The English higher grade schools : a reassessment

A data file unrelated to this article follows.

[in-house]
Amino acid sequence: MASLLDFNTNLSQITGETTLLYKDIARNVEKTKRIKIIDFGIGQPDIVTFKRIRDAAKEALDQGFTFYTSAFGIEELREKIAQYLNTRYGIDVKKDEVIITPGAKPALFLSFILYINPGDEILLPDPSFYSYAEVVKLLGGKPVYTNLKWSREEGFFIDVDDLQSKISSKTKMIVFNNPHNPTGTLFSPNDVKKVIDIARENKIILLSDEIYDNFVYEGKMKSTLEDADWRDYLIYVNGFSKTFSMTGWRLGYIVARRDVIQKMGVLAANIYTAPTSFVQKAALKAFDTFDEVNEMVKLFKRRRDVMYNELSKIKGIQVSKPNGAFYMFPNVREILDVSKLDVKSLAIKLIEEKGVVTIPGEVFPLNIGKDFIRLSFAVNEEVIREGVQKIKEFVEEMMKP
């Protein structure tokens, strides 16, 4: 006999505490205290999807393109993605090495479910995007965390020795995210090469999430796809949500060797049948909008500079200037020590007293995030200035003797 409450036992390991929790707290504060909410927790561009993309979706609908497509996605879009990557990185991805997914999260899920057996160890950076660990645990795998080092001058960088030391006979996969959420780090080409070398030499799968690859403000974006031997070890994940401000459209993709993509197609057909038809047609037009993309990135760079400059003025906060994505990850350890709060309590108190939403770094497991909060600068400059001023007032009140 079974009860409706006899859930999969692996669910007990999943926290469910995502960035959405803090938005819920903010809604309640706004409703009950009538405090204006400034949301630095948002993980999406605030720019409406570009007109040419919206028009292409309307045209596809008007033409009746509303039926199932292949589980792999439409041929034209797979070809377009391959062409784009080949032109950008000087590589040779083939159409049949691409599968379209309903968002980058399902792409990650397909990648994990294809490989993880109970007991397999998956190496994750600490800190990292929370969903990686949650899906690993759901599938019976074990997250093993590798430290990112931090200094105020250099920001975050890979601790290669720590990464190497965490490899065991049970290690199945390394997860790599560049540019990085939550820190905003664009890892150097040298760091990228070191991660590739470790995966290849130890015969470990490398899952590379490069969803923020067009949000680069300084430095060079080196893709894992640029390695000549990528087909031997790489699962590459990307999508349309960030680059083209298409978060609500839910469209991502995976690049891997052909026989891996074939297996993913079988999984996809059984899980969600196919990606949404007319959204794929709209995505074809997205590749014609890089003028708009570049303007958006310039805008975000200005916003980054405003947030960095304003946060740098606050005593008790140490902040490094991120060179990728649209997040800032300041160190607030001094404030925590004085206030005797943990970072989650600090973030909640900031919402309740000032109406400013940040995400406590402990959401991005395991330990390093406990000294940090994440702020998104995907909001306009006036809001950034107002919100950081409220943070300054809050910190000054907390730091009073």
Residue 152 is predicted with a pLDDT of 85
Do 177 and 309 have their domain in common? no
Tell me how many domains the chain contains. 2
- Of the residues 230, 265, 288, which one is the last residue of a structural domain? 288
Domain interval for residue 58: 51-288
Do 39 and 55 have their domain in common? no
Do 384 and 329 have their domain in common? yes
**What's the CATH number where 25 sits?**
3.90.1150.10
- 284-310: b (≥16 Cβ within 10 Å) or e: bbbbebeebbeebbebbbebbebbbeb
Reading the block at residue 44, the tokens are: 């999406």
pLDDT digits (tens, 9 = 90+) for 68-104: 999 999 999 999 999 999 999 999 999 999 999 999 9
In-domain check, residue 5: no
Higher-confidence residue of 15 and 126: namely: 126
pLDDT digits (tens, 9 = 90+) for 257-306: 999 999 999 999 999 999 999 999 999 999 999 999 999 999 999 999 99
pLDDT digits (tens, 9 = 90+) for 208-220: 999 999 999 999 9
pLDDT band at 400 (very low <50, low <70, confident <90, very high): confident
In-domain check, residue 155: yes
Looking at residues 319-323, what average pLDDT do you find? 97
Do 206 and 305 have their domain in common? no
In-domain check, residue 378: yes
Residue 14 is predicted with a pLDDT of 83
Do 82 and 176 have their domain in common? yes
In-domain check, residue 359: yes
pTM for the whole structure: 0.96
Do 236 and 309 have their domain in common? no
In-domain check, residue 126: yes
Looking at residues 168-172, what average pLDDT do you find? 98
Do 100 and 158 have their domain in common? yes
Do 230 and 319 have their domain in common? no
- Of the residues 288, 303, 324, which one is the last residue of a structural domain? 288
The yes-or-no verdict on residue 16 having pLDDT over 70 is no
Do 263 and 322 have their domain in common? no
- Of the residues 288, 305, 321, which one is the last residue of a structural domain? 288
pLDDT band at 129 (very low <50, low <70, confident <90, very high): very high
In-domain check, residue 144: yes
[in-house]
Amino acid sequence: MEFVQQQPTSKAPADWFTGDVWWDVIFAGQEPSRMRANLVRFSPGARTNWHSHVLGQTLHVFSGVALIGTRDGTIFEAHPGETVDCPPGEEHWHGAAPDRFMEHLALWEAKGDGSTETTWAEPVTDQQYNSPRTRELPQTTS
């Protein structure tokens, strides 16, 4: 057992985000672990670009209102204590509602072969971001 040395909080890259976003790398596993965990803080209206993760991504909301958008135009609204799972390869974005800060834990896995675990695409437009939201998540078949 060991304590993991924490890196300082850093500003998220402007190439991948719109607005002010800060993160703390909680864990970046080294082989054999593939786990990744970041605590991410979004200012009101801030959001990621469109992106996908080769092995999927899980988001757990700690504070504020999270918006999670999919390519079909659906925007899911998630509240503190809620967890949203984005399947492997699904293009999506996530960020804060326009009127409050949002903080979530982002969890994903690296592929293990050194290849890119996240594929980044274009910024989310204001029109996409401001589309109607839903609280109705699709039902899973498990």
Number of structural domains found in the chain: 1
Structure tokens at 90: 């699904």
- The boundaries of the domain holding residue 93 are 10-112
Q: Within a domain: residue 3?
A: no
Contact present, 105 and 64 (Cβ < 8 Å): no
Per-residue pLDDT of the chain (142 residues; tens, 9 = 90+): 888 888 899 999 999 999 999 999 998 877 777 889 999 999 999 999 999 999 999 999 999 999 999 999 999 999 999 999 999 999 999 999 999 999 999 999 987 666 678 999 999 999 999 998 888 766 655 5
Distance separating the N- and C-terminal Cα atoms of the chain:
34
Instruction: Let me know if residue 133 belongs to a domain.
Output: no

The thesis focusses on the English higher grade schools of the later nineteenth century. It originated in a concern about the relevance of educational institutions to Britain's unique decline from world dominance to acute economic difficulties. The Introduction identifies the turn of the century as a time of gathering tensions in English public education, when the development of a popular and self-contained network of institutions was mounting a real challenge to the established system. The first Chapter surveys the common verdicts about higher grade schools --- a focus of those tensions --- in existing work; Chapter 2 identifies the characteristics of a 'typical' higher grade school --- locally conceived, offering a broad curriculum, and accessible to all social classes. The next two Chapters are a case study, tracing the optimistic development of higher grade schools in Bristol in the 1890s and then their battle for survival after 1902. Chapter 5 demonstrates that Bristol's experiences were duplicated in other parts of the country, as a secondary school system of a very different nature --- centrally controlled, attached to literary studies, and selective on the basis of cost --- was formulated. Amongst a number of unexpected findings was clear evidence that the egalitarian experience of girls in higher grade schools fits none of the existing interpretations of the history of women's education, a discovery which is explored in Chapter 6. Chapter 7 examines the educational principles which guided the resolution of tensions outlined in the Introduction, and finally the perspective broadens to reassess the higher grade school movement in the wider social, economic and cultural context. The conclusion reached is that the emergence of the higher grade schools represented an important example of a recurring alternative educational and cultural tradition in England. Their suppression constituted a major victory for traditional values, and a wasted opportunity of great and lasting significance.